The engine offers strong performance across the rev range and is eager to be pushed. For a vehicle this size, it offers more than enough performance for most buyers. No acceleration figures have been released by Kia, but it’ll hit 100 km/h (62 mph) in a touch over 7 seconds.
The transmission though could be better and is not up to the level or some other dual-clutch transmissions on the market, such as from Volkswagen. In fact, during everyday driving, it doesn’t really feel like a dual-clutch at all as the shifts can sometimes feel labored and the gearbox can across as confused about when to shift and when not to shift. This can easily be rectified by using the paddle shifters, but if you try to hold on to a gear for too long, the dual-clutch will change up for you.
As one may expect from a warm hatch, the Cerato GT comes into its own when you pick up the pace and give it some abuse.
All Kia models sold in Australia benefit from a suspension tune to suit local roads, and with the Cerato GT that’s resulted in a ride that combines sporty aggressiveness with everyday usability. Would-be buyers should be aware that they won’t be getting the comfiest ride if they opt for the GT over lesser variants, but we think this is a trade-off most will be willing to make for the added performance.
Cornering feels like the car’s bread and butter. Switch it into Sport mode and throw it into a corner, and the hatch provides good grip, thanks in no small part to the Michelin Pilot Sport 4 rubber. It is very difficult to incite any form of understeer under throttle when cornering. The steering is also nicely weighted and provides reasonable, but not superb, feedback of what’s going on beneath you.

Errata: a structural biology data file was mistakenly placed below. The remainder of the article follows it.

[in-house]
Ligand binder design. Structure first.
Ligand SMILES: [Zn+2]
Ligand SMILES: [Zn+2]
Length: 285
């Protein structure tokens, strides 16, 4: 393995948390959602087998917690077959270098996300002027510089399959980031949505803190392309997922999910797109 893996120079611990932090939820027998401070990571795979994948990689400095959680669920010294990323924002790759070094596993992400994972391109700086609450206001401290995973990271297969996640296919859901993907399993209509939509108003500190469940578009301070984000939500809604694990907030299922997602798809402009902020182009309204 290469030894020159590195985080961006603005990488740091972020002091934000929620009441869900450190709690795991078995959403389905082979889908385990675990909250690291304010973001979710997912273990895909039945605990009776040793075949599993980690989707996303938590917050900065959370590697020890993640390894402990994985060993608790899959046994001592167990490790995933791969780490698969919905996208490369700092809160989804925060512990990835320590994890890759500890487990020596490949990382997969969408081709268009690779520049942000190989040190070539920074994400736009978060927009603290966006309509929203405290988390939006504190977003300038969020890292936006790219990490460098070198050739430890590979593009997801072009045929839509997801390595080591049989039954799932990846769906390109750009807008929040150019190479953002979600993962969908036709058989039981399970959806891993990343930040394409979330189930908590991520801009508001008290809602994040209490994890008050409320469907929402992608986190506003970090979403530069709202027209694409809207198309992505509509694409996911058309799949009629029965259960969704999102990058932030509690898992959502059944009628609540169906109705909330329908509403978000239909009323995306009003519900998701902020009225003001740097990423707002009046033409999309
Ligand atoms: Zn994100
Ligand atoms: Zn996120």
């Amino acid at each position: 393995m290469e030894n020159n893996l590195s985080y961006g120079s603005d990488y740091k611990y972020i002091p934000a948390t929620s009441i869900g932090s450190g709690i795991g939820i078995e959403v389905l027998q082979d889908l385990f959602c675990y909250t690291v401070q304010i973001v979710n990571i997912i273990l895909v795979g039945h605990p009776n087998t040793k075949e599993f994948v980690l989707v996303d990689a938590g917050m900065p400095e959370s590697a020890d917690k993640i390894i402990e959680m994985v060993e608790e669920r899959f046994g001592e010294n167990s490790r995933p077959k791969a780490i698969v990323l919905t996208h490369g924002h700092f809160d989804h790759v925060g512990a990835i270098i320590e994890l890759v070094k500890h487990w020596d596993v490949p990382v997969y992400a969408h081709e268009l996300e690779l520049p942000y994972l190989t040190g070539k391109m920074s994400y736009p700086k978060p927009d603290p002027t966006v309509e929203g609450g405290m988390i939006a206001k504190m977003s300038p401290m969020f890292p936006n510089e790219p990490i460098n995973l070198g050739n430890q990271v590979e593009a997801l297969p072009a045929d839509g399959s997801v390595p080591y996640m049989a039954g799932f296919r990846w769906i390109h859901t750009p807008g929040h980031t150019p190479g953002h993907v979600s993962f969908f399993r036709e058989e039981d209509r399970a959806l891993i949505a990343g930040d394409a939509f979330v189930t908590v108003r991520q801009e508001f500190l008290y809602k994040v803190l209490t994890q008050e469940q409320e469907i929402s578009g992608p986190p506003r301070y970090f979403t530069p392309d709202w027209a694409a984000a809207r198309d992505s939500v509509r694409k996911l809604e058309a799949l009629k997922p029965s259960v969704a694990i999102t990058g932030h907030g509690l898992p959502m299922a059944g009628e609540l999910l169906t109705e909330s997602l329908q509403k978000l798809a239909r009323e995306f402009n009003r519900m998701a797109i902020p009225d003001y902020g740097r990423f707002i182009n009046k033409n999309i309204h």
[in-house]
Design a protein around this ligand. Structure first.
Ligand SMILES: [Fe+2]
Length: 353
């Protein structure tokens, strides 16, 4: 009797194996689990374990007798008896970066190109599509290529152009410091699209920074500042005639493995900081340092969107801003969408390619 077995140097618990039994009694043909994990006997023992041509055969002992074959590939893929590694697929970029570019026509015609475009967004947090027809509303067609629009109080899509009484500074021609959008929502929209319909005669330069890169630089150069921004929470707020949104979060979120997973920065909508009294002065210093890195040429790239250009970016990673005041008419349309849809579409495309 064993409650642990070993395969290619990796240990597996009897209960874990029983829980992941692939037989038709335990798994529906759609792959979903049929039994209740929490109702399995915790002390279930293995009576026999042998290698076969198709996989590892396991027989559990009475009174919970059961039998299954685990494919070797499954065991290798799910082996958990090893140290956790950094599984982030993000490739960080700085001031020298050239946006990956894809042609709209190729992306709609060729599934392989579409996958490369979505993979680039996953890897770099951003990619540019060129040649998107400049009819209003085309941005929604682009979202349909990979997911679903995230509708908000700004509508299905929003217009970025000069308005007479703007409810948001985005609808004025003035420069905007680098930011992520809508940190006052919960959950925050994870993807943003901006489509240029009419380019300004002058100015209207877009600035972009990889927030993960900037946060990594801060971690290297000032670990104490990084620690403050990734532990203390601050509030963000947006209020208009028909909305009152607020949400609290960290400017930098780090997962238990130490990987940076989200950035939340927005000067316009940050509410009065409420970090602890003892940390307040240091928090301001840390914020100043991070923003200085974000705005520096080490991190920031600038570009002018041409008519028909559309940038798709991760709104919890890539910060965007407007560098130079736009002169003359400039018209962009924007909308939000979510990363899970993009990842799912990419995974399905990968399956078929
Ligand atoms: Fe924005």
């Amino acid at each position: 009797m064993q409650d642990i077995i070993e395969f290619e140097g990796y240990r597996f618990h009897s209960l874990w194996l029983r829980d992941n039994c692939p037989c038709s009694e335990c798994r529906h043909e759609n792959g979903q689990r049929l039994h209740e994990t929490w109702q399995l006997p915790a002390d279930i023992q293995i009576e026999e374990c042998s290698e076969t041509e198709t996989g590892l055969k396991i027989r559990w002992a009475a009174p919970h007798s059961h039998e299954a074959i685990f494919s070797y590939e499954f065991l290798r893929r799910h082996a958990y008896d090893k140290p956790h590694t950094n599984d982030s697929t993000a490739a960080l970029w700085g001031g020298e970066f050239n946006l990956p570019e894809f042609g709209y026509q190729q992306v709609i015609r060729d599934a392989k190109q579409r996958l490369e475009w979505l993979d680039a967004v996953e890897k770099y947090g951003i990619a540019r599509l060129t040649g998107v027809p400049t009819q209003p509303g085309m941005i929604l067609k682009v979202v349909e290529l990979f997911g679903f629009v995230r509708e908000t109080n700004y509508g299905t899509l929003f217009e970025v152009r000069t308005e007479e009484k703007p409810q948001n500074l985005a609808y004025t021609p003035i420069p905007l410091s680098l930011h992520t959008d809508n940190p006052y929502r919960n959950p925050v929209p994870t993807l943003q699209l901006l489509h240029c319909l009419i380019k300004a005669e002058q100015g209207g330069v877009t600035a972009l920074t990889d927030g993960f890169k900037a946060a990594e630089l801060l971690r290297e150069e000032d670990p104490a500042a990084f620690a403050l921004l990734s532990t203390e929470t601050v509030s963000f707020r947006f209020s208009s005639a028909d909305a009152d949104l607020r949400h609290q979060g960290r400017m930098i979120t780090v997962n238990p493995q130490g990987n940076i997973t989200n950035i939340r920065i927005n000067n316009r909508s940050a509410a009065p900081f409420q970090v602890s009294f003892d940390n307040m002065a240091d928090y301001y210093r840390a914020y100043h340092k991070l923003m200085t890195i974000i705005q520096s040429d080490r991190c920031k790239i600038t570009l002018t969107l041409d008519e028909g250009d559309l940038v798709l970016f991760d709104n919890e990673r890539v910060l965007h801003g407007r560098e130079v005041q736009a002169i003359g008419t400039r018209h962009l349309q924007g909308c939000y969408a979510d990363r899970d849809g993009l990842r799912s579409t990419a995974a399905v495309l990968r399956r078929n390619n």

Cars like this are often at their best when driven constantly in their Sport or Race modes but there is one big drawback about driving the Cerato GT hatch in Sport: the sound. Kia has fitted its warm hatch with a sound induction system that is so artificial you may as well be pumping out the sound of a burbling V8 from your phone’s speaker. The Kia Stinger has a similar system but it can be disabled. The same cannot be said with the GT. The only way to turn it off would be to pop the hood, take off some trim near the windscreen, and unplug the little induction speaker. It’s particularly frustrating is that it drowns out the sound of the exhaust which, from the outside, is actually quite pleasant to listen to.
During my week with the car, I averaged 9.1 l/100 km (25.8 mpg US), up from the car’s official figure of 6.8 l/100 km (34.6 mpg US), but a good indicator of what buyers can expect in the real-world with a mix of urban and highway commuting as well as the odd sporty drive.
Great bang for your buck
Prices start at AU$37,547 (equal to US$24,540 at current exchange rates) including AU$4,057 (US$2,651) in on-road costs. However, at the time of writing, Kia Australia has a drive away offer of just AU$33,990 (US$22,157) including 12 month’s registration and 12 month’s third party insurance. Like all other Kia models, the Cerato GT hatch comes with a 7-year warranty and the option of capped-price servicing for seven years spaced out every 12 months.
This is a very compelling car at that price. Sure, it cannot hold a candle in terms of performance to the much more expensive and powerful hot hatches on the market, but as warm hatches go, it will suit most buyers. It’s just a shame about that fake noise…
Photo credits: Brad Anderson/CarScoops